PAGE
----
In Germany, the Nationale Leistungs Zentren/ Bundesliga -Pro Academies, NLZ, are focusing only on developing a professional player, that is the main goal.
The success of this highly targeted program becomes clear when you realize the fact that the 2014 German World Cup team had 22 of 24 players come from an NLZ and in 2017 the Germans won the Confederation Cup with an Under 21 team.
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What is the goal of the DA? I think that many DA’s have the purpose of developing players for college. Since the American college model doesn’t align with international professional player development, we need a practical solution.
We need to have one tier in our country’s DA that completely focuses on developing a professional player and not a student-athlete.
Diane Scavuzzo: What else do you believe needs to be improved?
Eddie Loewen: We need more local training centers to identify talent. More local training centers organized directly by U.S. Soccer, and not necessarily by the state associations, would further help in identifying local players.
We need to solve the problem of players having to travel two plus hours for practice. This does not happen in Germany as we have a structured system for identifying players.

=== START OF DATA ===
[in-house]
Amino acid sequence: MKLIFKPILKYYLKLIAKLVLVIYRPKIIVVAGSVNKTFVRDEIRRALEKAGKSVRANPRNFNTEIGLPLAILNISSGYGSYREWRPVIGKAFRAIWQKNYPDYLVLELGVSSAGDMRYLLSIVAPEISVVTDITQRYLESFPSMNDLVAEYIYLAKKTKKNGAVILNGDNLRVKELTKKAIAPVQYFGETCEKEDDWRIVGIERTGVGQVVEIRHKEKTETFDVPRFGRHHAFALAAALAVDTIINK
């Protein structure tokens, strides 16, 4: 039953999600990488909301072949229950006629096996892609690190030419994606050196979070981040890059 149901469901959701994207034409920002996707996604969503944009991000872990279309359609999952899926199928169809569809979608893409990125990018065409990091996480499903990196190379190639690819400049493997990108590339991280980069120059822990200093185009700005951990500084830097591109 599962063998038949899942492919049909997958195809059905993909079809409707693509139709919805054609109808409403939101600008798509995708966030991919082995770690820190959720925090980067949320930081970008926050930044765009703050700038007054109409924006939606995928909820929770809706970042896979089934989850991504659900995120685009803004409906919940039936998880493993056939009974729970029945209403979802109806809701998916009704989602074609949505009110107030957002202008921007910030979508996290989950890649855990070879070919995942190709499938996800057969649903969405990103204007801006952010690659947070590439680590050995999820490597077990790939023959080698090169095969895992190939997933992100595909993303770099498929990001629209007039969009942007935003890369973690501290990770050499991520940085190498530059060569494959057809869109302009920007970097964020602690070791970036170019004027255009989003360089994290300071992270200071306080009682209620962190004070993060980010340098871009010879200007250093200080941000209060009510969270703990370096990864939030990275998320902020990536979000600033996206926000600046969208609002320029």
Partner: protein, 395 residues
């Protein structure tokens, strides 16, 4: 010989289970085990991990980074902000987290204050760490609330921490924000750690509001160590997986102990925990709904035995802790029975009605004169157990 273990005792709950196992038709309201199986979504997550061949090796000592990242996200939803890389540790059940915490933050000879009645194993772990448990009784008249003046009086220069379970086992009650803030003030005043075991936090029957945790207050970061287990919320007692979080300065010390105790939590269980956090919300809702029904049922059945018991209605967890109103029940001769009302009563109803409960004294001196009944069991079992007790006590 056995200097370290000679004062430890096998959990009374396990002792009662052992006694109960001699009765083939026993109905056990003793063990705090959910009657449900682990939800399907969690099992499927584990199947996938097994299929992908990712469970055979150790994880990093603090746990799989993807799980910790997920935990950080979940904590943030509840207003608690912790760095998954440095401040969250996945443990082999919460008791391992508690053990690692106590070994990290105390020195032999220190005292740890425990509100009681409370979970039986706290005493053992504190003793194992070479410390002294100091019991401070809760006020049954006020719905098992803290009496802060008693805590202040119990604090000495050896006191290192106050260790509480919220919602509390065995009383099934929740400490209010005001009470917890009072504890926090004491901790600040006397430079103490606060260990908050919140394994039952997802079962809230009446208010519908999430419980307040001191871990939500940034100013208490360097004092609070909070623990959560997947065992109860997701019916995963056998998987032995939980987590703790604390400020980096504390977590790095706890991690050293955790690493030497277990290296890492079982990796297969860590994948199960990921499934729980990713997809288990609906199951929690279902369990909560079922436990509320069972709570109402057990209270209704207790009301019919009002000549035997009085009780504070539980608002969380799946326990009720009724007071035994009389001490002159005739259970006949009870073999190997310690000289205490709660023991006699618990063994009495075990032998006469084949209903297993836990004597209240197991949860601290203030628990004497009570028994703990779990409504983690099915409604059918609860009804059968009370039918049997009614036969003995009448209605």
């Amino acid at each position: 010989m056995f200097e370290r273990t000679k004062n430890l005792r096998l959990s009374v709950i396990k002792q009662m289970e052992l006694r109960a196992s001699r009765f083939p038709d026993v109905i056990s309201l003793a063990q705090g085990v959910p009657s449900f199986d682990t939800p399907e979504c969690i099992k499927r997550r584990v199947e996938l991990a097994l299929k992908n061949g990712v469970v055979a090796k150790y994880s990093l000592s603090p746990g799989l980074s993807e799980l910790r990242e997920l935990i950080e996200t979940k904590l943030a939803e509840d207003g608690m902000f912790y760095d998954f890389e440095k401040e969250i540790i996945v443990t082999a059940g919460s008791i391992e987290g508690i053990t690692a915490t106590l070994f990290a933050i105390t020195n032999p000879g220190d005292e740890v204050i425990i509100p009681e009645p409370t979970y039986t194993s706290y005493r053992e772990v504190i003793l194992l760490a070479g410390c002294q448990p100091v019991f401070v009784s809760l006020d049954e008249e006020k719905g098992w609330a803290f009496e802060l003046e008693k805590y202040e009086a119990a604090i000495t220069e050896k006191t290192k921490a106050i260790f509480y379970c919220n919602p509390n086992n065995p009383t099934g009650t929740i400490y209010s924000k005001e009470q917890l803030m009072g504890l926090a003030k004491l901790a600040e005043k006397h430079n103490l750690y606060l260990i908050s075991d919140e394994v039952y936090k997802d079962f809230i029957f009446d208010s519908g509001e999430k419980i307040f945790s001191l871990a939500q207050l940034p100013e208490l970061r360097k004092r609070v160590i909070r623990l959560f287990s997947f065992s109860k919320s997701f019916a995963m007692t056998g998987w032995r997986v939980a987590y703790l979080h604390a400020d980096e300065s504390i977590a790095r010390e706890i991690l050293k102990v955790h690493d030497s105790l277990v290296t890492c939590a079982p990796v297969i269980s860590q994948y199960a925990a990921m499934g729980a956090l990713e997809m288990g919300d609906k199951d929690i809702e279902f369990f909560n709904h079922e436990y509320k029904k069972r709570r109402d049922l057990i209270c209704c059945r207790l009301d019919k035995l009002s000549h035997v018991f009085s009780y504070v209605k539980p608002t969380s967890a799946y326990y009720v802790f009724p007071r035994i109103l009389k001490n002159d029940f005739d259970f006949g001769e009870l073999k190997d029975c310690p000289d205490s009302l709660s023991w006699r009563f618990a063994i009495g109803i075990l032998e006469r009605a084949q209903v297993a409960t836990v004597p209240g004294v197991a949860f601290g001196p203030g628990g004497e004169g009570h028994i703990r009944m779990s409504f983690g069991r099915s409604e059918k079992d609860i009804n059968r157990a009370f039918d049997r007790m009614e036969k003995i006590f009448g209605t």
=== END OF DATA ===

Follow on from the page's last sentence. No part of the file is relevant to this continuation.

Once the talented players get identified, they need to be playing for a club that aligns with the U.S. Soccer philosophy and has quality coaches on staff to ensure proper training and development.
We have too many leagues and member associations of U.S. Soccer which make things complicated, and navigating the path to development overly complicated.
These three problems need to be fixed:
- The fact that parents have to choose every tryout period which club they will align themselves with is ridiculous.
- The fact that parents are then weighing their decision between the different leagues their child would benefit the most from is ludicrous. Parents have to choose between leagues provided by the US Youth Soccer state associations, US Club Soccer, etc.
- Why do we make it so complicated and not transparent?
Does the label of the league your child will play in or the amount of money you spend for various tournaments your child will participate in determine the soccer fate of your child? I don’t think so.